Highlights of the year’s major events affecting the North American Market:
• The automotive year starts out with a bang in January with a jam-packed media schedule at the North American International Auto Show. A roster of 22 press conferences between 6:30 a.m. and 8 p.m. signals auto makers have a lot to say. That’s a positive sign for an industry that has taken its lumps.
Among the key unveilings at NAIAS is the ’12 Chevrolet Sonic. The new subcompact replaces the Korean-built Aveo and will be assembled at GM’s Orion Twp., MI, plant, where the auto maker invested some $545 million. A new local contract with the United Auto Workers union makes it possible.
• The Chevy Volt extended-range electric vehicle and Ford Explorer cross/utility vehicle win the North American Car of the Year and North American Truck of the Year Awards. Considered all but dead two years before, Chrysler has two finalists in the Truck of the Year competition, the Jeep Grand Cherokee and Dodge Durango SUVs.
• The mood is upbeat early in the year. “We are in a growth industry. In fact, it looks like double-digit growth in 2011. That should bring a smile to your face,” Ellen Hughes-Cromwick, chief economist-Ford, tells the Society of Automotive Analysts 23rd Annual Automotive Outlook Conference. Many analysts predict U.S. light-vehicle sales in excess of 13 million units for 2011.
• A final tally reveals that 11.6 million light-vehicles were sold in 2010, an 11.1% increase over 2009 but still the second-worst year since 1982.
• On March 11, the worst earthquake in more than a century devastates Japan. Subsequent catastrophes at nuclear power-generating facilities cripple Japan’s power grid and hinder vehicle and parts exports and production in North America for most of the year.
• In April executives from major U.S., European and Asian auto makers speaking at the SAE World Congress agree the internal-combustion engine will be the dominant powertrain for the next 15 years or more. But stringent new rules for fuel economy and carbon-dioxide emissions looming on the horizon after 2016 have the world’s auto makers choosing divergent paths for meeting those standards in the U.S., especially in the area of alternative fuels.
• In May, the National Highway Traffic Safety Admin. announces highway deaths fell to 32,788 in 2010, the smallest number of traffic fatalities since 1949.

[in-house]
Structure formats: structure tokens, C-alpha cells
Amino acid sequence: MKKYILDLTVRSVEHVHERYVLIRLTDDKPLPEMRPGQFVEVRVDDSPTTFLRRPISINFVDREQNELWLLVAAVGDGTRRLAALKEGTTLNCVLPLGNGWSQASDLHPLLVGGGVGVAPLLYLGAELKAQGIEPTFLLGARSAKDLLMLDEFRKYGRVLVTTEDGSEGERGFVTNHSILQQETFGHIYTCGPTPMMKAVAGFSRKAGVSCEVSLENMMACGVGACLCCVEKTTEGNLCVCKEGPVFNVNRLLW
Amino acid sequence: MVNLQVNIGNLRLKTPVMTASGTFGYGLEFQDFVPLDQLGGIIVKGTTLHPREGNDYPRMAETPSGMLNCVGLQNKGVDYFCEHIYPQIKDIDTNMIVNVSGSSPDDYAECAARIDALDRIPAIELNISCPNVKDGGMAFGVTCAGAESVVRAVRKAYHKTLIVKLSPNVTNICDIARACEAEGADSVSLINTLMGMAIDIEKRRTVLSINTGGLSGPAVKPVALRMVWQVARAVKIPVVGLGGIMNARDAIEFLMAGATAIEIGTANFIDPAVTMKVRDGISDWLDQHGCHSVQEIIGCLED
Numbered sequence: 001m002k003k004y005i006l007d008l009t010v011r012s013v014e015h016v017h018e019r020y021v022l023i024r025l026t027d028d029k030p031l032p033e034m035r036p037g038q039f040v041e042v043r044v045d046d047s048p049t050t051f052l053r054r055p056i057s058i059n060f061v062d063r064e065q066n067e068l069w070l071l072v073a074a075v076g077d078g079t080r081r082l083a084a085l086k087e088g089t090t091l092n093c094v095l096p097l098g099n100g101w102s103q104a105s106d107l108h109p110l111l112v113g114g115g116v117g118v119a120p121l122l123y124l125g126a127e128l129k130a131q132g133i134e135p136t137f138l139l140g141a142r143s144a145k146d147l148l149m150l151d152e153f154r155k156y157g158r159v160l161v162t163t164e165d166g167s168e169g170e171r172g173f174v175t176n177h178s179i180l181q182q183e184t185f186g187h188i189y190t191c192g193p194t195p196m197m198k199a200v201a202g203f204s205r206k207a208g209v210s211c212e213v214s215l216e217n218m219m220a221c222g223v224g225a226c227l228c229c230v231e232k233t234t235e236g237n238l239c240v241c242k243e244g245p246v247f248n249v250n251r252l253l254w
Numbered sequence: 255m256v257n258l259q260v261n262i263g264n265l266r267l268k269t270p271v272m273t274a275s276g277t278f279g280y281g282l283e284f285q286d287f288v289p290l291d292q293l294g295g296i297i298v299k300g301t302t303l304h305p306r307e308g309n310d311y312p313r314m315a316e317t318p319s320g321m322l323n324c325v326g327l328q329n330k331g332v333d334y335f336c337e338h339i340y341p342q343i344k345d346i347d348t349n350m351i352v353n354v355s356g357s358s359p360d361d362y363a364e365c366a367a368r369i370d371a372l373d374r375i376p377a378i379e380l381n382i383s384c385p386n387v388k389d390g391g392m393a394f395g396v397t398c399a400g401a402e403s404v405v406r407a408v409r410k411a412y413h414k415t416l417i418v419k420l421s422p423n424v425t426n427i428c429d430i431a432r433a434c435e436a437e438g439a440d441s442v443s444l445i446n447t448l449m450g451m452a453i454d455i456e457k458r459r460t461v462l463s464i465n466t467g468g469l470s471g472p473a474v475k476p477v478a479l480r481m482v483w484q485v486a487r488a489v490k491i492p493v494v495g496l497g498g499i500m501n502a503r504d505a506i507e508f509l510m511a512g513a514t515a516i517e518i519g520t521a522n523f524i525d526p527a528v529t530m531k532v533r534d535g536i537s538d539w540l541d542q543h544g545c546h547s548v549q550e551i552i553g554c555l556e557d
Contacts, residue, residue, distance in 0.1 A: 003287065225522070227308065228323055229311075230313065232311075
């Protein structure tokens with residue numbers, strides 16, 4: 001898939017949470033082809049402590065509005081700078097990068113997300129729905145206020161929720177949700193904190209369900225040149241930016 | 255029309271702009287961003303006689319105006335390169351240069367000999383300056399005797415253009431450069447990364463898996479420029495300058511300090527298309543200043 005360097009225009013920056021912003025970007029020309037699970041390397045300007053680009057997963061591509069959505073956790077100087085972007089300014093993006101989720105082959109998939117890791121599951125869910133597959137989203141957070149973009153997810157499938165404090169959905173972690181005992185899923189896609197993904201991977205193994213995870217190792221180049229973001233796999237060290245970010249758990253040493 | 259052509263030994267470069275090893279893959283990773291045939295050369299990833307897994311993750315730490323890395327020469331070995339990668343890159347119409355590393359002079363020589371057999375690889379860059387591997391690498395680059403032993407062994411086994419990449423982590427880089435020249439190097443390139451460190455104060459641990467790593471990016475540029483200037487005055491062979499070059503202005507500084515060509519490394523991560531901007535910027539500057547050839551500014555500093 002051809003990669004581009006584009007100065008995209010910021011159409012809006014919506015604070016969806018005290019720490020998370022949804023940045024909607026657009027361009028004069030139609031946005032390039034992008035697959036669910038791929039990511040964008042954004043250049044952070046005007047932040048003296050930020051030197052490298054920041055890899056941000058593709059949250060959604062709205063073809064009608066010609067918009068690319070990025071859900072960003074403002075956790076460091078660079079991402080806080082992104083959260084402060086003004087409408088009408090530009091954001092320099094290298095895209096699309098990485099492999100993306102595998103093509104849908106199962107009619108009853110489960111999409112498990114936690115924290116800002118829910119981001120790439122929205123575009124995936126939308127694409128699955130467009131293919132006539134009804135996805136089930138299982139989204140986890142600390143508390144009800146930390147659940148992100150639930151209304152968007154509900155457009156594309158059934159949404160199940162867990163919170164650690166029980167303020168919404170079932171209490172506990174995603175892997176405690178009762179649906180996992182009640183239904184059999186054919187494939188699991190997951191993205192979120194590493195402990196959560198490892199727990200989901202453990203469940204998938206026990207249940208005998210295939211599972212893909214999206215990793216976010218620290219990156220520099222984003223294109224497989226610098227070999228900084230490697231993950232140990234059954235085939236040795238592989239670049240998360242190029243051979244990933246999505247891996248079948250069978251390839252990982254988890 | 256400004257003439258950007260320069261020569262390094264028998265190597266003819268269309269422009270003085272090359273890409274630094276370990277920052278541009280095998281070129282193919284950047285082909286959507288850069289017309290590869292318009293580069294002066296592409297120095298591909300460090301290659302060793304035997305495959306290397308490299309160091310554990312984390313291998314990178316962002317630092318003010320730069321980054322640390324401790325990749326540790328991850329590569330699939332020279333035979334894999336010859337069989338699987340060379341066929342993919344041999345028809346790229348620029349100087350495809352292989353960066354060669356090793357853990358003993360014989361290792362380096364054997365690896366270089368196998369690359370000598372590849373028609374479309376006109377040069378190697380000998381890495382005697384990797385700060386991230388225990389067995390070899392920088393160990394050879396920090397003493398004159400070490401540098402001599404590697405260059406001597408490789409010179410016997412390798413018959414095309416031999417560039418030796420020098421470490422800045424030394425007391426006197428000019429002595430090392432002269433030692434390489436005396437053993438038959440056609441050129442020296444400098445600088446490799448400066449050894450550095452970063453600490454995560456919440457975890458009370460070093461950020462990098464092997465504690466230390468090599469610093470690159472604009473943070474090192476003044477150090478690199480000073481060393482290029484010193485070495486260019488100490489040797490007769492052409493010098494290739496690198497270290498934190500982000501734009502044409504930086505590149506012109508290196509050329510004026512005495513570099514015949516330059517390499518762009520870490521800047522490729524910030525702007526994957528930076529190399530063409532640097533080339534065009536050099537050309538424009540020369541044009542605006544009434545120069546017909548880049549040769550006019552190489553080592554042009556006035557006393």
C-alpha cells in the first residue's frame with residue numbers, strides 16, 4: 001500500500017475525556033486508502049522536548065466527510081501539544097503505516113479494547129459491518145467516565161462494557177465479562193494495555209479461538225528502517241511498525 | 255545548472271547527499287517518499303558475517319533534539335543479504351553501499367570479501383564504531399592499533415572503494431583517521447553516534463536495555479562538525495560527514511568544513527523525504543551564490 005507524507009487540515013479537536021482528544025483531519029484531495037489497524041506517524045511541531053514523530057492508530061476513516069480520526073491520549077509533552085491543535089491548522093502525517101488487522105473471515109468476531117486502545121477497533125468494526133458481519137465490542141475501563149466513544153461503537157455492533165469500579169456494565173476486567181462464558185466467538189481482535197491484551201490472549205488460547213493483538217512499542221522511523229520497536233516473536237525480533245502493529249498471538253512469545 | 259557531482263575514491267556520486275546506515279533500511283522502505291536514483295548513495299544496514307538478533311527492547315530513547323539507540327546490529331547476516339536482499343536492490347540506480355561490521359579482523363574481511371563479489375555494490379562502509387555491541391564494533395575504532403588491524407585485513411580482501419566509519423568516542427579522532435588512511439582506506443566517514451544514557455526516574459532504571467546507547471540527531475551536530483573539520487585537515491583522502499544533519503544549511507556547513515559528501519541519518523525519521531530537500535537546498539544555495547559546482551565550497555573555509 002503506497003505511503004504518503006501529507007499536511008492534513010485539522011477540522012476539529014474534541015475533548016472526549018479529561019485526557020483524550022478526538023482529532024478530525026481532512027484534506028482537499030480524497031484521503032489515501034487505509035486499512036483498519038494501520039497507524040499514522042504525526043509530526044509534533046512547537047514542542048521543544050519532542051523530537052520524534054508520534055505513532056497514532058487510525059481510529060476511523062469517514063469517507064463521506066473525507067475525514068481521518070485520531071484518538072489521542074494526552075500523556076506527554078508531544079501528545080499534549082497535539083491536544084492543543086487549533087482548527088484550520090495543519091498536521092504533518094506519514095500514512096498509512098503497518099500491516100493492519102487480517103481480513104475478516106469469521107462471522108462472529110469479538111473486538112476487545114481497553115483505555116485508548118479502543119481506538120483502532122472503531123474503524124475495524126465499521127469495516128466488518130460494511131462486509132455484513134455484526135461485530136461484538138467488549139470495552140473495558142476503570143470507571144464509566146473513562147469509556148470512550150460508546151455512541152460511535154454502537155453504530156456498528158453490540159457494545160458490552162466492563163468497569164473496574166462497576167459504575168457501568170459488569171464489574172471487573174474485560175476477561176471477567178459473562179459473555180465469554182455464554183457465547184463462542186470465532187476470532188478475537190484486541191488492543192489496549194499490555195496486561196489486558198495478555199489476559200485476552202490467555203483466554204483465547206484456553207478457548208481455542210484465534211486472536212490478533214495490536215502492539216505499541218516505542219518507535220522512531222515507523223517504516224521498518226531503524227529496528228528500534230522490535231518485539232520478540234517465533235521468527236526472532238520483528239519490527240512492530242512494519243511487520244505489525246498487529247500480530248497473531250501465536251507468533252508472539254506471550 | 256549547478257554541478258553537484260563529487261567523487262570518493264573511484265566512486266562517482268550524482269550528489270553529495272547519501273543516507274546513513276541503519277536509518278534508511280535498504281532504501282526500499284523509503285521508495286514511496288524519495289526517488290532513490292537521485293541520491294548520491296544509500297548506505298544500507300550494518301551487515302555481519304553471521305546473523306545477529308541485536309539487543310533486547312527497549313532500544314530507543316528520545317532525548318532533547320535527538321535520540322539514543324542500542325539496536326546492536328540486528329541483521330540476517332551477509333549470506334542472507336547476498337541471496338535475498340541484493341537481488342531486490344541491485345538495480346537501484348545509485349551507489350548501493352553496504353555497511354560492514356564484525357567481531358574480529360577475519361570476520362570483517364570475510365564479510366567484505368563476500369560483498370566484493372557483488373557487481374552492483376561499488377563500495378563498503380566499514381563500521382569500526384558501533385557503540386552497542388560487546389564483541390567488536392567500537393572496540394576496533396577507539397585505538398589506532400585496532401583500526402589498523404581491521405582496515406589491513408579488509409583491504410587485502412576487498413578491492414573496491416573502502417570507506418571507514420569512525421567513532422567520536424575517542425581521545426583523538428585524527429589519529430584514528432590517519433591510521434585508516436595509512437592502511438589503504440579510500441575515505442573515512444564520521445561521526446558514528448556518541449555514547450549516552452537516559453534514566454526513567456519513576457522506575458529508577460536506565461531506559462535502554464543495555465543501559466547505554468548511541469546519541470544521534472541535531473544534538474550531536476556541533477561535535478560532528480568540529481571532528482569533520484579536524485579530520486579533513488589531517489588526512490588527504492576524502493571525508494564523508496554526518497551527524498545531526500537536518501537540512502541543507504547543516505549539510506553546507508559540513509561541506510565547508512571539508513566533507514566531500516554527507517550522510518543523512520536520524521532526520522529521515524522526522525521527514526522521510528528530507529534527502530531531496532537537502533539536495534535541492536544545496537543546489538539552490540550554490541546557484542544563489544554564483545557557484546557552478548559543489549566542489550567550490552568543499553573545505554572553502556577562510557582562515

• Honda says it will invest $800 million in a new vehicle and engine plant in Mexico with capacity to produce 200,000 units annually beginning in 2014.The Japanese auto maker does not reveal the models to be built at the new facility, saying only that it will produce “fuel-efficient subcompact vehicles.” The plant will be located in a suburb of Celaya, Guanajuato, about 210 miles (340 km) east of Honda’s existing operations in El Salto, Jalisco.
• Diesel technology specialist Robert Bosch says diesel share will more than triple to 10% by 2015 in the U.S. There are 20 light-vehicle nameplates available in the U.S. with modern diesel engines in 2011, but that number will double in less than three years as auto makers position their portfolios to meet the federally mandated fleet average of 35.5 mpg (6.6 L/100 km) by 2016, says Peter Marks, chairman, president and CEO of Robert Bosch LLC.
• In late July, the Obama Admin. proposes a new corporate average fuel economy rule of 54.5 mpg (4.3 L/100 km) by 2025. While auto executives and environmental groups unite to support the target, engineers tasked with meeting the bogey are skeptical, as are auto dealers who must sell vehicles to fickle consumers.
The new standard equals an increase in auto maker fleet fuel efficiency of 5% annually for passenger cars and 3.5% annually for light trucks in the first five years and by 5% every four years after until 2025. Regulators say the slower phase-in for trucks, for which auto makers reportedly lobbied aggressively, accounts for some “unique challenges.”